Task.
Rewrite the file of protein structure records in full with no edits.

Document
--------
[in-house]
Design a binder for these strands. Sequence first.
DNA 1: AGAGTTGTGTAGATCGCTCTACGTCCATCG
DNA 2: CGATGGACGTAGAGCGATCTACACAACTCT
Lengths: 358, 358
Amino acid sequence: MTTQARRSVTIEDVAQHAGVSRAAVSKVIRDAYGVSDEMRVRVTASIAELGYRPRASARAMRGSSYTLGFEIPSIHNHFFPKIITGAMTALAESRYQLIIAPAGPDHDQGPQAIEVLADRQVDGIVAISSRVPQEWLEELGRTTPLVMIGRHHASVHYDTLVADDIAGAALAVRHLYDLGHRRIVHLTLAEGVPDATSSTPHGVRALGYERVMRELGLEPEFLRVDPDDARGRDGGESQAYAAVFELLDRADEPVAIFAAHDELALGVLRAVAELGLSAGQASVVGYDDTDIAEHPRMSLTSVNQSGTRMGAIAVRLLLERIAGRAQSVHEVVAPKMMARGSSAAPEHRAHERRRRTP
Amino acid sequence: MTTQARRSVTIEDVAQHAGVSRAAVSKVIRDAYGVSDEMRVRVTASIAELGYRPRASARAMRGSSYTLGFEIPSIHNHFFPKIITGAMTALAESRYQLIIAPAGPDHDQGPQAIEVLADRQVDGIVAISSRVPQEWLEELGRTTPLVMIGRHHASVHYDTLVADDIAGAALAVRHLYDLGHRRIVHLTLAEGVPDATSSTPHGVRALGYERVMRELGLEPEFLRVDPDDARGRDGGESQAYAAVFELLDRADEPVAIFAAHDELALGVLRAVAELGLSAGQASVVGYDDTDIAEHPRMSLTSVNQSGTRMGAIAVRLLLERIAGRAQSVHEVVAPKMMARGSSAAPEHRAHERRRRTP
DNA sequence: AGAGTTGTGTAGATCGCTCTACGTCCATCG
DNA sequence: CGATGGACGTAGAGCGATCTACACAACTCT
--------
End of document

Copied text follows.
[in-house]
Design a binder for these strands. Sequence first.
DNA 1: AGAGTTGTGTAGATCGCTCTACGTCCATCG
DNA 2: CGATGGACGTAGAGCGATCTACACAACTCT
Lengths: 358, 358
Amino acid sequence: MTTQARRSVTIEDVAQHAGVSRAAVSKVIRDAYGVSDEMRVRVTASIAELGYRPRASARAMRGSSYTLGFEIPSIHNHFFPKIITGAMTALAESRYQLIIAPAGPDHDQGPQAIEVLADRQVDGIVAISSRVPQEWLEELGRTTPLVMIGRHHASVHYDTLVADDIAGAALAVRHLYDLGHRRIVHLTLAEGVPDATSSTPHGVRALGYERVMRELGLEPEFLRVDPDDARGRDGGESQAYAAVFELLDRADEPVAIFAAHDELALGVLRAVAELGLSAGQASVVGYDDTDIAEHPRMSLTSVNQSGTRMGAIAVRLLLERIAGRAQSVHEVVAPKMMARGSSAAPEHRAHERRRRTP
Amino acid sequence: MTTQARRSVTIEDVAQHAGVSRAAVSKVIRDAYGVSDEMRVRVTASIAELGYRPRASARAMRGSSYTLGFEIPSIHNHFFPKIITGAMTALAESRYQLIIAPAGPDHDQGPQAIEVLADRQVDGIVAISSRVPQEWLEELGRTTPLVMIGRHHASVHYDTLVADDIAGAALAVRHLYDLGHRRIVHLTLAEGVPDATSSTPHGVRALGYERVMRELGLEPEFLRVDPDDARGRDGGESQAYAAVFELLDRADEPVAIFAAHDELALGVLRAVAELGLSAGQASVVGYDDTDIAEHPRMSLTSVNQSGTRMGAIAVRLLLERIAGRAQSVHEVVAPKMMARGSSAAPEHRAHERRRRTP
DNA sequence: AGAGTTGTGTAGATCGCTCTACGTCCATCG
DNA sequence: CGATGGACGTAGAGCGATCTACACAACTCT